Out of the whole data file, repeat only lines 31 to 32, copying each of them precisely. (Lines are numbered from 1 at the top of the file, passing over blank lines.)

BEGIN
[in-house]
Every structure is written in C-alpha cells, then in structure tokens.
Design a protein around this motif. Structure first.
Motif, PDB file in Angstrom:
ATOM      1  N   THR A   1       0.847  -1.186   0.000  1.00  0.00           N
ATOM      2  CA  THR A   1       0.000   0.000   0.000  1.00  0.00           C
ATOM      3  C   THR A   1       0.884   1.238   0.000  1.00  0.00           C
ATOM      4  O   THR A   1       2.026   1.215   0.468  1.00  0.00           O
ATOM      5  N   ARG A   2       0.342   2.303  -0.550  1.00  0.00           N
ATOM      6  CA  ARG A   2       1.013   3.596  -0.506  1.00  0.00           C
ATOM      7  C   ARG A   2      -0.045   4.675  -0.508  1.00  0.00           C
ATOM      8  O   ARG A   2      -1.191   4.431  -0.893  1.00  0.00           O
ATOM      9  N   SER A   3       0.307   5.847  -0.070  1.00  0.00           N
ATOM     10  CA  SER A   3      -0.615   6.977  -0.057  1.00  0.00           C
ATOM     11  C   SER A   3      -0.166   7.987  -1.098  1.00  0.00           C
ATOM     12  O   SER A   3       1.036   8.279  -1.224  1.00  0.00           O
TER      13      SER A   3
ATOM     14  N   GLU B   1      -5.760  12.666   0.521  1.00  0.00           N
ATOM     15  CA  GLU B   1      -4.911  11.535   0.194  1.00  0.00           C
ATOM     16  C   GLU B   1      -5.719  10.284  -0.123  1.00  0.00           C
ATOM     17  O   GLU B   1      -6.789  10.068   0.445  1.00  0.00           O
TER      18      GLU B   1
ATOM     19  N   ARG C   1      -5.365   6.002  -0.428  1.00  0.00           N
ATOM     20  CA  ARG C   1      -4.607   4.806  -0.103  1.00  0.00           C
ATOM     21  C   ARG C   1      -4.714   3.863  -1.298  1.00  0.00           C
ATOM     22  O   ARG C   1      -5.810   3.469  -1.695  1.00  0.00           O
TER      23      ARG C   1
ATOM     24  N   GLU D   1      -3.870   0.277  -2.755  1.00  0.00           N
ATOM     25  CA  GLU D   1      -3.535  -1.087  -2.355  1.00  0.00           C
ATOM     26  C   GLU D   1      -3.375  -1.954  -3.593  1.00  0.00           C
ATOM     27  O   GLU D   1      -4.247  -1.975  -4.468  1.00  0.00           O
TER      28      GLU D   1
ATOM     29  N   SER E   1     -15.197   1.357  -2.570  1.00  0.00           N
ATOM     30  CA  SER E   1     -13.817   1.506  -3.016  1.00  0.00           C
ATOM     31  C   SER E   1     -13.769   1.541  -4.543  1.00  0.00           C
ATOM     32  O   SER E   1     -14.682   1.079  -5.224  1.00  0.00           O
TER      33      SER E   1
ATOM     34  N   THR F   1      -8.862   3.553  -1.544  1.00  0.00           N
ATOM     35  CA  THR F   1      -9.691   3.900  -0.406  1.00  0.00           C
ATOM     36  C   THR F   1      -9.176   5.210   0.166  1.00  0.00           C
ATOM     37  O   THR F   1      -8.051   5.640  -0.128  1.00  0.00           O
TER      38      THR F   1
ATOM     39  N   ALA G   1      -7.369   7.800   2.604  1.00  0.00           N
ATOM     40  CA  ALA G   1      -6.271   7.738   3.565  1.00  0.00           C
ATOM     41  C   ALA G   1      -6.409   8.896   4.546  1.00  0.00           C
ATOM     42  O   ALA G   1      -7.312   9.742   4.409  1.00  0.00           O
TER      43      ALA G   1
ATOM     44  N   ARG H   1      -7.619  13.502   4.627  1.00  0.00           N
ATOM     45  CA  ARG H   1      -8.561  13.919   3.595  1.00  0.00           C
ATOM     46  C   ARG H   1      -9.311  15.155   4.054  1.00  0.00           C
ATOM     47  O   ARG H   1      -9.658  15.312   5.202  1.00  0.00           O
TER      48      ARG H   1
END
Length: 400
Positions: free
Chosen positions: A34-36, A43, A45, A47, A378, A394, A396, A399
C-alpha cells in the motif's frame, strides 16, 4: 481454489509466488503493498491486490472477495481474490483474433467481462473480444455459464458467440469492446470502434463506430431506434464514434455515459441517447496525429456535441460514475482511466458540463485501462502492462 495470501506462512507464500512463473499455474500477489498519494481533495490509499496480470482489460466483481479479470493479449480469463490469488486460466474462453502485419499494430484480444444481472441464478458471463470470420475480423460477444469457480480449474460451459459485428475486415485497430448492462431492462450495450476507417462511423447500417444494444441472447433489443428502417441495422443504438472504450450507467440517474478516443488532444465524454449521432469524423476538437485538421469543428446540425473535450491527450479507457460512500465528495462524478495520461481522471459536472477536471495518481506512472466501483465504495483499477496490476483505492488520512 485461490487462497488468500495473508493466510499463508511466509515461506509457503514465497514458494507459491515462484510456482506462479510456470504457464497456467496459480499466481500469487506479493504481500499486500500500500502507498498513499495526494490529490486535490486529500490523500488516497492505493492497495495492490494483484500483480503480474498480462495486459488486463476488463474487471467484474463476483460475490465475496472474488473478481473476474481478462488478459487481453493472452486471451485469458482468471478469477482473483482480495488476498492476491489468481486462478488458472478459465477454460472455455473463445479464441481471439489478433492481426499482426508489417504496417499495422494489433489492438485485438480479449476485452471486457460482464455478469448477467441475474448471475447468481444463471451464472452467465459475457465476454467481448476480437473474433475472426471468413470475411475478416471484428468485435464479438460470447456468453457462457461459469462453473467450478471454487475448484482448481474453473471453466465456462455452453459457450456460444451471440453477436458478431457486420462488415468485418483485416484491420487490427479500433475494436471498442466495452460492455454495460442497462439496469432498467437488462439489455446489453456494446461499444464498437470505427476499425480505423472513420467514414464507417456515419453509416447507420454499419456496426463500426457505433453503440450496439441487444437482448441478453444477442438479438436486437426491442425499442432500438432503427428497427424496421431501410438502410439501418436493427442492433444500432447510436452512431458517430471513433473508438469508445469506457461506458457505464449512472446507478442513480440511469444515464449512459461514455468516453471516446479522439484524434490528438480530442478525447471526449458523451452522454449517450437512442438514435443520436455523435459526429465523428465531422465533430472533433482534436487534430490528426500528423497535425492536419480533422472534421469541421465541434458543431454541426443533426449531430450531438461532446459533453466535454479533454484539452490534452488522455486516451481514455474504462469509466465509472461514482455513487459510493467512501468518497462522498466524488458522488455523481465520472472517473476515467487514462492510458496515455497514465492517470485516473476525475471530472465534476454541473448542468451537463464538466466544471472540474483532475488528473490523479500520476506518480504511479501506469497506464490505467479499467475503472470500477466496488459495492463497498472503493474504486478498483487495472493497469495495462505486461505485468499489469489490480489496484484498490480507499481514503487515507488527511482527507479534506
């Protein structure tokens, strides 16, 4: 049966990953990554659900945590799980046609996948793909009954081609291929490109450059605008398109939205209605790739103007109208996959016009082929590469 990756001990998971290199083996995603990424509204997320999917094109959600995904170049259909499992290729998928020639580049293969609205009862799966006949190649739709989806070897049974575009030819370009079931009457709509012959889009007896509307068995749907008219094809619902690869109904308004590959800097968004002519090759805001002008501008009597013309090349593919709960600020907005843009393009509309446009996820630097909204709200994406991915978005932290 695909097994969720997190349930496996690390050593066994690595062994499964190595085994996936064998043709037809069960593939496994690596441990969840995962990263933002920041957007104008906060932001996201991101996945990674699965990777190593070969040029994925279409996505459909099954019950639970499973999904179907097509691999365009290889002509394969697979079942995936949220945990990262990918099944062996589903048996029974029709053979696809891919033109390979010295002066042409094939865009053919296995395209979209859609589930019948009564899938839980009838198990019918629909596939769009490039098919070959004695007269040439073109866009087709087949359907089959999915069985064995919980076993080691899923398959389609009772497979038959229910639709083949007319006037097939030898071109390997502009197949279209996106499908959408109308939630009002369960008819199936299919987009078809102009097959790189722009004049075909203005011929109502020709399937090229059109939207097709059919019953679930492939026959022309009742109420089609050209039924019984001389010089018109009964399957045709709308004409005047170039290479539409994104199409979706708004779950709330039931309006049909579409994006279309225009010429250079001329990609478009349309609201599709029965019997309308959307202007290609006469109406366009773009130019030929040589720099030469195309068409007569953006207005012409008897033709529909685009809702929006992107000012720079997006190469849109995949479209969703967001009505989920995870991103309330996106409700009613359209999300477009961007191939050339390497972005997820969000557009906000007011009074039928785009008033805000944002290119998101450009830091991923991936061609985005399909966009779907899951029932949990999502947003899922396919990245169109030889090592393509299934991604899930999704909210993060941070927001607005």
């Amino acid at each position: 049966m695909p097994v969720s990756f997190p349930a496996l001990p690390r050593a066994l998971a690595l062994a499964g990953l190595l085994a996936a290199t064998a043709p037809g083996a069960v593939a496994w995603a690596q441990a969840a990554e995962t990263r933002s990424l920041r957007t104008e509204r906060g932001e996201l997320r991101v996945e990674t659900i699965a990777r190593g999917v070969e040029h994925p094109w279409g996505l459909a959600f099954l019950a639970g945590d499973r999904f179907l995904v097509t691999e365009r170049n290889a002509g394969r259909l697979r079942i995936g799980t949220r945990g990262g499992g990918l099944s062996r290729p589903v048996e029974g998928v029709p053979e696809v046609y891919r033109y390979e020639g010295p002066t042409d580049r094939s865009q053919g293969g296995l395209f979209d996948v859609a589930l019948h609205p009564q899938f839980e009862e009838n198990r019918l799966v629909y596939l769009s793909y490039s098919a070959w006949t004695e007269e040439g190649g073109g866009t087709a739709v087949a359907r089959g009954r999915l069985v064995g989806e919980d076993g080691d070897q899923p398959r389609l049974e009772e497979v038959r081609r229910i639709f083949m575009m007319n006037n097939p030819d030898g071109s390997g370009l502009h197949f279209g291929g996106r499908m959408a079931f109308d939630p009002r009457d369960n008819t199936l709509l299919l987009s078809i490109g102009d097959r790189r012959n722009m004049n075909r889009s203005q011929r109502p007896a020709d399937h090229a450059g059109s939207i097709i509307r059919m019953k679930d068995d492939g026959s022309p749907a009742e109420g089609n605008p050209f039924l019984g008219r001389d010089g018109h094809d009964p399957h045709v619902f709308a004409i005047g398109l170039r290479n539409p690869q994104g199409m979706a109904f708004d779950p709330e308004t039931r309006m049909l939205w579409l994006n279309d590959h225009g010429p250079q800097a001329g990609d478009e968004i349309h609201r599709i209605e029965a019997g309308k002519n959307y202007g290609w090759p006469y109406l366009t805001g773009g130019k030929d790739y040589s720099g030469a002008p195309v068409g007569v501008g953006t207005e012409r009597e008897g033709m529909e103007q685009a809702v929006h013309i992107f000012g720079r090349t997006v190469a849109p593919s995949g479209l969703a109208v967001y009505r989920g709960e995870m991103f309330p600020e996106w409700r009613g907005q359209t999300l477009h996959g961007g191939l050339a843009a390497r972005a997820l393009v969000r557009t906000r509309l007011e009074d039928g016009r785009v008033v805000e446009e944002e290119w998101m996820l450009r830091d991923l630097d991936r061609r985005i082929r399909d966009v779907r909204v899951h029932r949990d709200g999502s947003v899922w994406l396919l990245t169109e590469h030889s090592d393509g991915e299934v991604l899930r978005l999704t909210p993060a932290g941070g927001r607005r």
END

ATOM     27  O   GLU D   1      -4.247  -1.975  -4.468  1.00  0.00           O
TER      28      GLU D   1